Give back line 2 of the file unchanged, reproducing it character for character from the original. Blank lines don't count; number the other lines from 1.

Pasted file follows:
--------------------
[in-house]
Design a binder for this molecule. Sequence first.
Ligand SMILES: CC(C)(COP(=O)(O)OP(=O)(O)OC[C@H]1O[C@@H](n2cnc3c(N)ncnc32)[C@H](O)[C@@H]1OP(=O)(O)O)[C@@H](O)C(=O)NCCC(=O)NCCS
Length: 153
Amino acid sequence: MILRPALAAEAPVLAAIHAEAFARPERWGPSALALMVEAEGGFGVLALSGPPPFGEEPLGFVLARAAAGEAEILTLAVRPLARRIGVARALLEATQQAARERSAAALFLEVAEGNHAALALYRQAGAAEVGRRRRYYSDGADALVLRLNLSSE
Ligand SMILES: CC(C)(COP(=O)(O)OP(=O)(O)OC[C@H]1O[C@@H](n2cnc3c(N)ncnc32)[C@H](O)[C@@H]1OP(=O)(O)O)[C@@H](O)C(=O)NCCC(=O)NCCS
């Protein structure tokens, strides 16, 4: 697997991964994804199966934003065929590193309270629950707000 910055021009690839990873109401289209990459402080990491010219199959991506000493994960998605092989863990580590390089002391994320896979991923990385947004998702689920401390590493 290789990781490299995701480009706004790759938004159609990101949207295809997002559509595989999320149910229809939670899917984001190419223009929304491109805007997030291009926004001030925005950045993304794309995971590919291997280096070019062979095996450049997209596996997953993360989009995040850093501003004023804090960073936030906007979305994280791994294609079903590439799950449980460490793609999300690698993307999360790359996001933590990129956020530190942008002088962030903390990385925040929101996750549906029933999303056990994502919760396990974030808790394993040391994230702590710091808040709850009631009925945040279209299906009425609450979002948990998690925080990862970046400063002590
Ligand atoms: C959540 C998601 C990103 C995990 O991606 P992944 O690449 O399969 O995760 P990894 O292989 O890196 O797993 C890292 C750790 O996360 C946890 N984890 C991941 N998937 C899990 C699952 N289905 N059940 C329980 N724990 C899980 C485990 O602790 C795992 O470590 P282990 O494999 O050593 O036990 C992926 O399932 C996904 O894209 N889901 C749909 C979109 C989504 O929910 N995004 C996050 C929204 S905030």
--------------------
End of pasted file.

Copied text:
Design a binder for this molecule. Sequence first.